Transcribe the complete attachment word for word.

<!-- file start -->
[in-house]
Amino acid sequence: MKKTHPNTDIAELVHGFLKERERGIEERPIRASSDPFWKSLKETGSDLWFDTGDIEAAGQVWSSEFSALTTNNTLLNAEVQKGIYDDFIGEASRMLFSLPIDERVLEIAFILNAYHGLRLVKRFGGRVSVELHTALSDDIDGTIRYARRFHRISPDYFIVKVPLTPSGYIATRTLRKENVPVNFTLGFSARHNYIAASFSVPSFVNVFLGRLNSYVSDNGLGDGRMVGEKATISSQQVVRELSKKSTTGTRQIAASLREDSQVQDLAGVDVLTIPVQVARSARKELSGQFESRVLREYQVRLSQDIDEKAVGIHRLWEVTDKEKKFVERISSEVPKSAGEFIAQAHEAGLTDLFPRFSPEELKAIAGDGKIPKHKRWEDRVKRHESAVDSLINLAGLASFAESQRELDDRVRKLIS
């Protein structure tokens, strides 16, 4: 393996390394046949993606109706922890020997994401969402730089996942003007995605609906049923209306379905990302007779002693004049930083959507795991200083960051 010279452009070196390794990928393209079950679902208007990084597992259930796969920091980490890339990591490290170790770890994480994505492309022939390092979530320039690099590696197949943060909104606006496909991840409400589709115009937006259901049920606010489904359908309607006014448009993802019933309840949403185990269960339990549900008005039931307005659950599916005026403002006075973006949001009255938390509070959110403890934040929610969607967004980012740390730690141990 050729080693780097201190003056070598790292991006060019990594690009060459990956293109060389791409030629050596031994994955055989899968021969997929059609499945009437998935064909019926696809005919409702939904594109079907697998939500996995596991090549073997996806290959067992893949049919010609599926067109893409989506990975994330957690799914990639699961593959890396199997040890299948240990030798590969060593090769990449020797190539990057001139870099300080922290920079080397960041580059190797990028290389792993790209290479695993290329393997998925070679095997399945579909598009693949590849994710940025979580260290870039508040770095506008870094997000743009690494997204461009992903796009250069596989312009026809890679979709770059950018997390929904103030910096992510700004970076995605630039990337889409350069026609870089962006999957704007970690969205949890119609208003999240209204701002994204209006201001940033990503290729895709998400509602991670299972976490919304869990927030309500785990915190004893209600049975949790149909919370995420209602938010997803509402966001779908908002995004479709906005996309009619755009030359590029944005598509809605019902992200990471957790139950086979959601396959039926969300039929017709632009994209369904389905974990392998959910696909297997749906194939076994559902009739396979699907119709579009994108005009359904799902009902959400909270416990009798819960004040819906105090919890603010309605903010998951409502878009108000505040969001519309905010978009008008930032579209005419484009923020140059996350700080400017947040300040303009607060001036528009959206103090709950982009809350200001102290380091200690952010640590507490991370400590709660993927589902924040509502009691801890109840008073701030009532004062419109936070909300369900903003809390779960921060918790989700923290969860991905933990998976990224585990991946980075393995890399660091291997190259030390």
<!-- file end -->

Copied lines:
[in-house]
Amino acid sequence: MKKTHPNTDIAELVHGFLKERERGIEERPIRASSDPFWKSLKETGSDLWFDTGDIEAAGQVWSSEFSALTTNNTLLNAEVQKGIYDDFIGEASRMLFSLPIDERVLEIAFILNAYHGLRLVKRFGGRVSVELHTALSDDIDGTIRYARRFHRISPDYFIVKVPLTPSGYIATRTLRKENVPVNFTLGFSARHNYIAASFSVPSFVNVFLGRLNSYVSDNGLGDGRMVGEKATISSQQVVRELSKKSTTGTRQIAASLREDSQVQDLAGVDVLTIPVQVARSARKELSGQFESRVLREYQVRLSQDIDEKAVGIHRLWEVTDKEKKFVERISSEVPKSAGEFIAQAHEAGLTDLFPRFSPEELKAIAGDGKIPKHKRWEDRVKRHESAVDSLINLAGLASFAESQRELDDRVRKLIS
């Protein structure tokens, strides 16, 4: 393996390394046949993606109706922890020997994401969402730089996942003007995605609906049923209306379905990302007779002693004049930083959507795991200083960051 010279452009070196390794990928393209079950679902208007990084597992259930796969920091980490890339990591490290170790770890994480994505492309022939390092979530320039690099590696197949943060909104606006496909991840409400589709115009937006259901049920606010489904359908309607006014448009993802019933309840949403185990269960339990549900008005039931307005659950599916005026403002006075973006949001009255938390509070959110403890934040929610969607967004980012740390730690141990 050729080693780097201190003056070598790292991006060019990594690009060459990956293109060389791409030629050596031994994955055989899968021969997929059609499945009437998935064909019926696809005919409702939904594109079907697998939500996995596991090549073997996806290959067992893949049919010609599926067109893409989506990975994330957690799914990639699961593959890396199997040890299948240990030798590969060593090769990449020797190539990057001139870099300080922290920079080397960041580059190797990028290389792993790209290479695993290329393997998925070679095997399945579909598009693949590849994710940025979580260290870039508040770095506008870094997000743009690494997204461009992903796009250069596989312009026809890679979709770059950018997390929904103030910096992510700004970076995605630039990337889409350069026609870089962006999957704007970690969205949890119609208003999240209204701002994204209006201001940033990503290729895709998400509602991670299972976490919304869990927030309500785990915190004893209600049975949790149909919370995420209602938010997803509402966001779908908002995004479709906005996309009619755009030359590029944005598509809605019902992200990471957790139950086979959601396959039926969300039929017709632009994209369904389905974990392998959910696909297997749906194939076994559902009739396979699907119709579009994108005009359904799902009902959400909270416990009798819960004040819906105090919890603010309605903010998951409502878009108000505040969001519309905010978009008008930032579209005419484009923020140059996350700080400017947040300040303009607060001036528009959206103090709950982009809350200001102290380091200690952010640590507490991370400590709660993927589902924040509502009691801890109840008073701030009532004062419109936070909300369900903003809390779960921060918790989700923290969860991905933990998976990224585990991946980075393995890399660091291997190259030390």